Interview with Dr. Siddhartha Shah,
Curator South Asian Art and Director of Education and Civic Engagement,
Peabody Essex Museum
By Devishi Jain, ISW Youth Reporter
Siddhartha V. Shah joined the Peabody Essex Museum in 2018 after a long career as an entrepreneurial art professional with wide-ranging interests in South Asian art. Most recently, he curated the installation of the PEM’s new South Asian Galleries shedding new light on the museum’s renowned Chester and Davida Herwitz Collection of modern Indian Art. We learn more about how he embarked on his career in this fascinating interview by ISW Youth Reporter, Devishi Jain.
Can you tell me a little bit about where you’re from and where you grew up?
I was born in Lake Forest, Illinois, a suburb of Chicago, and my family is from Gujarat, I grew up going back [to India] really often. We spoke Gujarati almost exclusively at home. My mother does not wear Western clothes and they’re very, very Indian in that sense. I grew up in a very white suburb. At the time, Michael Jordan from the Chicago Bulls wanted to be a part of the country club in our town, and they would not let him in because he was black, so it was quite a white, elitist town that I grew up in.
I traveled a lot as a kid. I studied abroad my junior year of high school. I moved to a small village in Belgium when I was 16 and did part of my senior year there as well and then came back to Illinois and went to college. I traveled around a lot. I lived in Baltimore when I went to college and then I moved to California. I moved to Thailand for a little while, and then New York, London, and Salem, Massachusetts. I have lived in a bunch of places and had a crazy life in some ways and now I’m here and I’m the curator of South Asian Art at the Peabody Essex Museum and in August, I was appointed the Director of Education and Civic Engagement also. I have at least two jobs at the museum. Sometimes, it feels more like three or four different jobs!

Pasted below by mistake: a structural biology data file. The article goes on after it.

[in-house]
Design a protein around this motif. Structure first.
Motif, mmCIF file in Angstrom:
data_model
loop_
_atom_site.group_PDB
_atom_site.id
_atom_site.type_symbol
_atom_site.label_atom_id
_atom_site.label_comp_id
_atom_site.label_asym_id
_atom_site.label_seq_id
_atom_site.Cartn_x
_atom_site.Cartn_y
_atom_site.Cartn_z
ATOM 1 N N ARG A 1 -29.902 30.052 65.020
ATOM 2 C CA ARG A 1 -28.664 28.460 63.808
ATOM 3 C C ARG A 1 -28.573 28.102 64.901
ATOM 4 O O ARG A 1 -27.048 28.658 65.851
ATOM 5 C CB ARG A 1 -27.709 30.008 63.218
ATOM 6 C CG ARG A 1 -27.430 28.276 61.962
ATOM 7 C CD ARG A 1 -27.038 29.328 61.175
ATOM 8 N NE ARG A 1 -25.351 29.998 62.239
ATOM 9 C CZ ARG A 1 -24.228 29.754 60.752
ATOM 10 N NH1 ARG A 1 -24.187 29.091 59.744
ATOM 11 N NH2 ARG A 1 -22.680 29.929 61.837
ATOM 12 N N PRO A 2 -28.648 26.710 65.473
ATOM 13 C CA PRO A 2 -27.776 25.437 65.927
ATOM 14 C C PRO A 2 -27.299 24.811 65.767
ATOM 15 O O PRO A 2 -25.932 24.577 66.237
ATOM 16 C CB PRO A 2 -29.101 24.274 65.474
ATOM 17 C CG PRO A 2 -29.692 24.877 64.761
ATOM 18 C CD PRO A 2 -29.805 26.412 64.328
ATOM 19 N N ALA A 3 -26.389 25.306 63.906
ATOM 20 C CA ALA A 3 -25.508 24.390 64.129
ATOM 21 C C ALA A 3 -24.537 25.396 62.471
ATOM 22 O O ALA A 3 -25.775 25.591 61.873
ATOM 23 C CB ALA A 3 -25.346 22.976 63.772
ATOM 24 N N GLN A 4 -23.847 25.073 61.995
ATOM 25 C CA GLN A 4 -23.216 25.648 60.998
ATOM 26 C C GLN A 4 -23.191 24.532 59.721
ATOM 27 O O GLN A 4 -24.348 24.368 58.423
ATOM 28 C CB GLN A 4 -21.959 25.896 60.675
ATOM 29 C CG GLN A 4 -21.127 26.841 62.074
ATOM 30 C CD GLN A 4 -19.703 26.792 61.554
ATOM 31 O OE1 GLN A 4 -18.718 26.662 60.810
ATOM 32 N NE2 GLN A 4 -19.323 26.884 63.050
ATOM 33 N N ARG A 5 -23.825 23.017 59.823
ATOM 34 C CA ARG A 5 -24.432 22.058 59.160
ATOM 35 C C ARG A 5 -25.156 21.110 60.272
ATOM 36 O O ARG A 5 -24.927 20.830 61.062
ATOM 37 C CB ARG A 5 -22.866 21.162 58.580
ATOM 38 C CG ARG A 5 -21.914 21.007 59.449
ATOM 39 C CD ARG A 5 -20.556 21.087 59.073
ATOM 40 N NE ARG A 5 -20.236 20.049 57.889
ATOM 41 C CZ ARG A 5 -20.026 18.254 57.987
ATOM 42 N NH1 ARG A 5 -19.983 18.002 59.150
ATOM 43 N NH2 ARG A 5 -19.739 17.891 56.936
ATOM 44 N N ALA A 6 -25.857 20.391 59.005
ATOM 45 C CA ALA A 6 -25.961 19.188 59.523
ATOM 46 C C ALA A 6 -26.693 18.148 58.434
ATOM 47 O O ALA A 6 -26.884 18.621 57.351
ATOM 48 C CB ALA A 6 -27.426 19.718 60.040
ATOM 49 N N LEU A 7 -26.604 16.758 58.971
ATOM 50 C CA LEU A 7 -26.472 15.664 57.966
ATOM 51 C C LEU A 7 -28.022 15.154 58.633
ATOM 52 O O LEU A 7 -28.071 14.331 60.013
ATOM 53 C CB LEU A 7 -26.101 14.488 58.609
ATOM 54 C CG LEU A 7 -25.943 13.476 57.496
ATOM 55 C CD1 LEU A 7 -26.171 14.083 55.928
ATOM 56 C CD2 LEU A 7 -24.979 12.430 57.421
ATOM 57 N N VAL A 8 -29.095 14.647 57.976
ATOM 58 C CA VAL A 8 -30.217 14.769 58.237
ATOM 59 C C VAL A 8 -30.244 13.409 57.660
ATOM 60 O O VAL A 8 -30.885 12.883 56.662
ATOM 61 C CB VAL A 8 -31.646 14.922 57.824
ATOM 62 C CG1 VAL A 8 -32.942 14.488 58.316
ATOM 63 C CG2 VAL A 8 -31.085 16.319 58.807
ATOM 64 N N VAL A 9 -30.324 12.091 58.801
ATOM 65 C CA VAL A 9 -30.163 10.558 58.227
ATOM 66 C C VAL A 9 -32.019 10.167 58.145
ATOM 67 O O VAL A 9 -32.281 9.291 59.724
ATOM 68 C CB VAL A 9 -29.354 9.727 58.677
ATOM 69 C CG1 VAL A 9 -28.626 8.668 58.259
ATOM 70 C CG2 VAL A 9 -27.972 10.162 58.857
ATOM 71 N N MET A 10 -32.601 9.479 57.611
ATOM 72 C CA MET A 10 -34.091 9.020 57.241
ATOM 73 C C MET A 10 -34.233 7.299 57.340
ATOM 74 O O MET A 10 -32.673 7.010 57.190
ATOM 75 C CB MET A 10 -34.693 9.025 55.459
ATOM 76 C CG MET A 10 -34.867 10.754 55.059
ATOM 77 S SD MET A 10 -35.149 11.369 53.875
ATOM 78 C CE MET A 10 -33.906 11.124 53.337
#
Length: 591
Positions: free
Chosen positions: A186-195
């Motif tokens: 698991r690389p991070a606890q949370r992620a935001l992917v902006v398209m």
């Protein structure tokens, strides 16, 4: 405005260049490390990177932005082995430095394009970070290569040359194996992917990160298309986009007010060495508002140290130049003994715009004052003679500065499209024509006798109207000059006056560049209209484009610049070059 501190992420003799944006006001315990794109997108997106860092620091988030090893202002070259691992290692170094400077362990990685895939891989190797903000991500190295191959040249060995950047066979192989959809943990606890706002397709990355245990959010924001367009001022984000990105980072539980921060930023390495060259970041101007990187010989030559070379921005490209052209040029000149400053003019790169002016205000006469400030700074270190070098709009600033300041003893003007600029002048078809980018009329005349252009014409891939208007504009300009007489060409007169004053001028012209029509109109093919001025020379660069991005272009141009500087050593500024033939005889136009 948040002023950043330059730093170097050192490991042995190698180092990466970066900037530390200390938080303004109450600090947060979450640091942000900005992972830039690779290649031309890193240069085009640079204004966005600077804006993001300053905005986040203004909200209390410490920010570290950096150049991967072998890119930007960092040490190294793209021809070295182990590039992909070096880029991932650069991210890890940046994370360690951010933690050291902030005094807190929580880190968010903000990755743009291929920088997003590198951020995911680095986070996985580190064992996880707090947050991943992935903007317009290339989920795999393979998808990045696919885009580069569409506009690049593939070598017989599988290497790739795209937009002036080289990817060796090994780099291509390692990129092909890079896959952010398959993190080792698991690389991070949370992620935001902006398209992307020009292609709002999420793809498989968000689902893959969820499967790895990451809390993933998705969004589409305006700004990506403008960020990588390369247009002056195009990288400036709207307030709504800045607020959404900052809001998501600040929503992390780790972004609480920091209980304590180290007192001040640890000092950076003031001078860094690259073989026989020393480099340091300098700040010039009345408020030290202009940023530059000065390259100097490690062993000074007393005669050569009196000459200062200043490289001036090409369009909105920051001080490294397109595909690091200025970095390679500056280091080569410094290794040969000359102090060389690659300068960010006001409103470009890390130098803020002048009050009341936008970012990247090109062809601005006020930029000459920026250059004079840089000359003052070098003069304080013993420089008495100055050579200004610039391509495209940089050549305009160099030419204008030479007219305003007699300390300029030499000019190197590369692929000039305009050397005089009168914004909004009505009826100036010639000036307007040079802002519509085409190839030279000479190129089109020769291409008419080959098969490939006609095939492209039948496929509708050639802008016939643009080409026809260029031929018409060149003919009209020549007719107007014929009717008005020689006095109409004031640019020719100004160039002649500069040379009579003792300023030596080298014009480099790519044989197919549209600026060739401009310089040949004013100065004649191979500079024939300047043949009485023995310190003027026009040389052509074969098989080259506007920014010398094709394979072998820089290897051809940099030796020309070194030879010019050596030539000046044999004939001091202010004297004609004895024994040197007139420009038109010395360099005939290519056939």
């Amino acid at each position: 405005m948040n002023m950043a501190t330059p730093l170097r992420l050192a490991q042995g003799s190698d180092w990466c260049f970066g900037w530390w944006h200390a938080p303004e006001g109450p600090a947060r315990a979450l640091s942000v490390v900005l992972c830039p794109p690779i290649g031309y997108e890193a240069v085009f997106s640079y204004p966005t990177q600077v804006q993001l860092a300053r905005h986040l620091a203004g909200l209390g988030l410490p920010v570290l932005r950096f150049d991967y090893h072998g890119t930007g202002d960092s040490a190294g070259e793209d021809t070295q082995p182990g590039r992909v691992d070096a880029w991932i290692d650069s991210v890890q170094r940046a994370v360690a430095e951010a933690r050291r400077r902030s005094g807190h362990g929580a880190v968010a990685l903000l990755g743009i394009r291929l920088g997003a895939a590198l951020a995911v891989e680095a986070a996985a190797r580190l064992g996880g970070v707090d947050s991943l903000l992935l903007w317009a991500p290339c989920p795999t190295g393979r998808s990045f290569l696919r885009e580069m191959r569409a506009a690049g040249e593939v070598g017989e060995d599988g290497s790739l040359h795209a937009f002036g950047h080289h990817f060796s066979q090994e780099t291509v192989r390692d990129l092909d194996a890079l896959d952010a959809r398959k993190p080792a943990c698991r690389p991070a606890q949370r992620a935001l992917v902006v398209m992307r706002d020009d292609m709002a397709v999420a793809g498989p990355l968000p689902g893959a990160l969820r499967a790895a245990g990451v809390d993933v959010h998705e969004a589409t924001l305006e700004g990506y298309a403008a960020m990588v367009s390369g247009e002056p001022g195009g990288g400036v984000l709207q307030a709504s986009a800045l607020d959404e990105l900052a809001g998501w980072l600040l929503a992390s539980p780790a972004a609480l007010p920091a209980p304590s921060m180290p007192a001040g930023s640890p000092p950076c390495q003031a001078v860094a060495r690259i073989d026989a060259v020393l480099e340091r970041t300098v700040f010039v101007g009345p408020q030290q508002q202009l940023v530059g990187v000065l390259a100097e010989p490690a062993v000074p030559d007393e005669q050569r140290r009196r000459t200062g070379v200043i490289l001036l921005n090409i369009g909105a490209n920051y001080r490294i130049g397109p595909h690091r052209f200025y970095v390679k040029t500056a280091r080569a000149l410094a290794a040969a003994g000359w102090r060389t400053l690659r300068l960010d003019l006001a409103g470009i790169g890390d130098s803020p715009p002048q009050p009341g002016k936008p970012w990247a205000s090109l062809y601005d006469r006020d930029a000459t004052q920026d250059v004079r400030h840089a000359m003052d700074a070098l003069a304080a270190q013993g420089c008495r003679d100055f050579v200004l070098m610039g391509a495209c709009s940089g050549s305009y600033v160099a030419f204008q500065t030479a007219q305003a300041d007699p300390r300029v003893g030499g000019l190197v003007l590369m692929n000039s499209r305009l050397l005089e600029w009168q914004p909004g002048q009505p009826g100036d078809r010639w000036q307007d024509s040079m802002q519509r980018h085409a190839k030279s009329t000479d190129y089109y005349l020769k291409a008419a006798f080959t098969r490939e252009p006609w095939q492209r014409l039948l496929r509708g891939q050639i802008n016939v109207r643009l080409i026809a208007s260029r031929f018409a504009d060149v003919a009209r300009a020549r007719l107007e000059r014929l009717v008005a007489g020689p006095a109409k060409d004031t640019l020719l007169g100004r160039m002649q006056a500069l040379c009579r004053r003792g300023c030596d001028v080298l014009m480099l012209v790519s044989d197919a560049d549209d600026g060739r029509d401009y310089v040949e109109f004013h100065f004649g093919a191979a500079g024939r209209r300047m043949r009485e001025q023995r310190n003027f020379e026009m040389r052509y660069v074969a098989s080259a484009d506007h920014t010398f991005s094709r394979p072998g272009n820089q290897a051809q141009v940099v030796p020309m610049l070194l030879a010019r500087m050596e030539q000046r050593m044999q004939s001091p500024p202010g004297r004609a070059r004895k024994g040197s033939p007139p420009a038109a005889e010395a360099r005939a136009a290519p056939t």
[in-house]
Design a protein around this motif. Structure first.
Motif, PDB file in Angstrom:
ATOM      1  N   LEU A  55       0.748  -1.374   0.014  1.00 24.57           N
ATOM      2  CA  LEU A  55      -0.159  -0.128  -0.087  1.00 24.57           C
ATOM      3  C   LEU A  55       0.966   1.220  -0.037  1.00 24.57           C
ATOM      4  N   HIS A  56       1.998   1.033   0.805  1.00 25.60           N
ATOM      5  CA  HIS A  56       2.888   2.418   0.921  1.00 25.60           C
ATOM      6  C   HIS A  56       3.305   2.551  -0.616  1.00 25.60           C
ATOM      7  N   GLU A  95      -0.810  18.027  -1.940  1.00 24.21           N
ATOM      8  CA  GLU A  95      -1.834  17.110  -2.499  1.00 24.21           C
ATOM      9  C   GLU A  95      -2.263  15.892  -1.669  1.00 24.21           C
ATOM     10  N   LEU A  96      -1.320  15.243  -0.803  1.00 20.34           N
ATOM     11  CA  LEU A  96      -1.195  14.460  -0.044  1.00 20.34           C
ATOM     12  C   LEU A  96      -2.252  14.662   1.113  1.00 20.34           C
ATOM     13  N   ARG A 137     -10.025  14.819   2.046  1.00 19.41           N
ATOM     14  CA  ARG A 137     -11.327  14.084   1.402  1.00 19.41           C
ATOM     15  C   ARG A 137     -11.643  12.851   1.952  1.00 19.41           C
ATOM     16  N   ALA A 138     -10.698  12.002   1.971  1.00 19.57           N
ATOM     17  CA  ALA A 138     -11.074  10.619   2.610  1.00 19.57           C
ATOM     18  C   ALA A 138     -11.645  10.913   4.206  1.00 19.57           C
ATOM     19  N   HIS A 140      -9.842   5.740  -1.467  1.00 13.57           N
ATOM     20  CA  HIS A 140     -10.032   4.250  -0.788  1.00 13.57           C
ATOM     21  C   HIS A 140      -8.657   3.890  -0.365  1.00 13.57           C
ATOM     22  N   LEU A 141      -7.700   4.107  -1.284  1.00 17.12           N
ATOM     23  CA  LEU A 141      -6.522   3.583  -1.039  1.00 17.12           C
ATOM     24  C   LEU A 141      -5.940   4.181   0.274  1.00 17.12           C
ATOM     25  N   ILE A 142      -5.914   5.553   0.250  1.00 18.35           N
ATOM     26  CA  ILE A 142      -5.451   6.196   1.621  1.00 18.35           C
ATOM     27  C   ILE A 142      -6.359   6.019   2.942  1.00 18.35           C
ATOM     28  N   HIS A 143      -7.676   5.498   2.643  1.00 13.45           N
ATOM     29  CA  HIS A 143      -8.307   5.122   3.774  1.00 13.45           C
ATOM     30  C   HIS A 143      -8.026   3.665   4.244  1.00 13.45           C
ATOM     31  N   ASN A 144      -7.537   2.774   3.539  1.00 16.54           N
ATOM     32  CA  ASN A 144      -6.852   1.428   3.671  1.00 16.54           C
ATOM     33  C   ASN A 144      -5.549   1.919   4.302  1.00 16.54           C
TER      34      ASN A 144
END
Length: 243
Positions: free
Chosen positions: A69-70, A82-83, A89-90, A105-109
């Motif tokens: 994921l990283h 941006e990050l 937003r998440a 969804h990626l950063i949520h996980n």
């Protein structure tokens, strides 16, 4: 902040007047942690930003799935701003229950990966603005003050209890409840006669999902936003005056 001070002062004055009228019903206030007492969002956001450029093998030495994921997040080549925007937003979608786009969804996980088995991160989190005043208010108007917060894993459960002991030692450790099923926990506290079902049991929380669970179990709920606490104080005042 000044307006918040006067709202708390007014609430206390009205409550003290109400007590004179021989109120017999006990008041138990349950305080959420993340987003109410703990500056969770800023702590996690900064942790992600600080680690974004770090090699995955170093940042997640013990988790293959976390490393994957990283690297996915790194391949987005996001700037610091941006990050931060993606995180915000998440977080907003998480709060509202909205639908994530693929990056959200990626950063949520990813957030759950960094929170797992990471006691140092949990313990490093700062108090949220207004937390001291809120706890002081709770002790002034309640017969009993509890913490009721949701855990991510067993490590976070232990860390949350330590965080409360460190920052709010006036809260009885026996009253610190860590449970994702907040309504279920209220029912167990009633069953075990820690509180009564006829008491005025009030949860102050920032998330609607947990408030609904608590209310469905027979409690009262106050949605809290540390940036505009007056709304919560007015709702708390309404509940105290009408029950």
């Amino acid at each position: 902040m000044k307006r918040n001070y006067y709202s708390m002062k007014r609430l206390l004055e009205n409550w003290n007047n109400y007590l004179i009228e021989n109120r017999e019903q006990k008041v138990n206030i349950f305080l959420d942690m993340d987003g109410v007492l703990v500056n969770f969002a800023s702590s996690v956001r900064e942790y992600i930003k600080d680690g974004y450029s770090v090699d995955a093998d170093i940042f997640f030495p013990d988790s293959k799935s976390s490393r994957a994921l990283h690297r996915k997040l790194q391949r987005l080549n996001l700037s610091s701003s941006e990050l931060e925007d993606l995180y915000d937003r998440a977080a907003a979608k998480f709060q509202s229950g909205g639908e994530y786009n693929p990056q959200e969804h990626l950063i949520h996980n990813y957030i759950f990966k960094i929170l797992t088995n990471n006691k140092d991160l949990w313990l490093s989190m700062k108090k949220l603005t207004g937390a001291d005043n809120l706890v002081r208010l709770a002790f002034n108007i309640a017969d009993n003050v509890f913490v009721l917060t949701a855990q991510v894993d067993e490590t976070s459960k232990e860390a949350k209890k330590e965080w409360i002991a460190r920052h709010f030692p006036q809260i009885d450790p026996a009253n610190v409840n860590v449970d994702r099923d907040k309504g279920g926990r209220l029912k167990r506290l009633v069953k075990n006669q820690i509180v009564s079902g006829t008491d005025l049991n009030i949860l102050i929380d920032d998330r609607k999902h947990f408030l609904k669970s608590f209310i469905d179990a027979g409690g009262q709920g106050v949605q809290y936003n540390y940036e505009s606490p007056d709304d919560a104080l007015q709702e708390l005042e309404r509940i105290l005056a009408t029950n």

Wow, you’ve lived almost all over the world! You mentioned speaking Gujarati growing up, so do you still speak Gujarati?
Yeah, so I spoke it as a child. In college, I studied Sanskrit for a year, and then did a masters in Hindu Philosophy and Psychoanalysis and then did Sanskrit for another year. At that time, I taught myself how to read and write Gujarati. I knew how to speak it but I taught myself how to read and write the language. I also studied Hindi and Urdu in grad school. Those are all the South Asian languages I have learned but I’ve been speaking Gujarati since I was a kid. Learning to read and write was- I still trip up with some of it - was hard because spoken Gujarati is so different from written Gujarati. It’s so formal and the tense in written Gujarati is really, really tricky because it’s not a tense that you would speak. And the vocabulary, also. I would ask my mom, reading a newspaper in India, “What does this mean?” and she would give me a more colloquial word for that in Gujarati, but writing uses very formal words.
Since you have lived all over the world, you have experienced many different cultures. But in America, would you say it was hard to grow up with two significantly different cultures, Indian and American, and what were some of the challenges of managing that?
I don’t know if it was as hard when I was younger as it is nowadays, but there would be moments. I would have friends over and the smell of Indian cooking would just be disorienting to them. Or that I was vegetarian. I would go to friends’ houses and their parents would say, “Oh, you’re vegetarian?” When I moved to Belgium, it was hard for them because I was in a village, and they even asked me, “How can you walk?” There are moments when you realize there’s a difference, but I don’t walk through the world realizing I’m different. You don’t look at yourself when you’re in the world, you’re just living your life. It’s when other people say things like “Are you from Saudi Arabia?” or “How old were you when you moved here?” That’s a common one, “How old were you when you moved here?” and I would just answer, “I didn’t.” I let them figure it out because I did not move here. So, those moments were harder but as a kid, it didn’t feel that hard. Growing up, it’s been harder because you start to get really frustrated - I’m almost 43 now - by people regularly reminding you that you’re not “passing” for American. A black person will “pass” for American more than I will. Or a Latinx person can “pass” as more feasible as an American identity. I’m not saying we have it harder, I’m definitely not saying that, but I’m saying we don’t pass as Americans. In fact, we become the target for whatever brown group the country is having a problem with. Just like any Asian, any East Asian, regardless of where they are from. Like now, we are upset at China because this is a “Chinese Virus.”
I was wearing a mask, just minding my own business in Salem, walking down the street, and this woman just fixated on me and said, “Are you Arabic?” and I just stared at her, not in a friendly way, and I said, “No, Arabic is a language.” That’s not even a type of person, but I don’t think they understood that.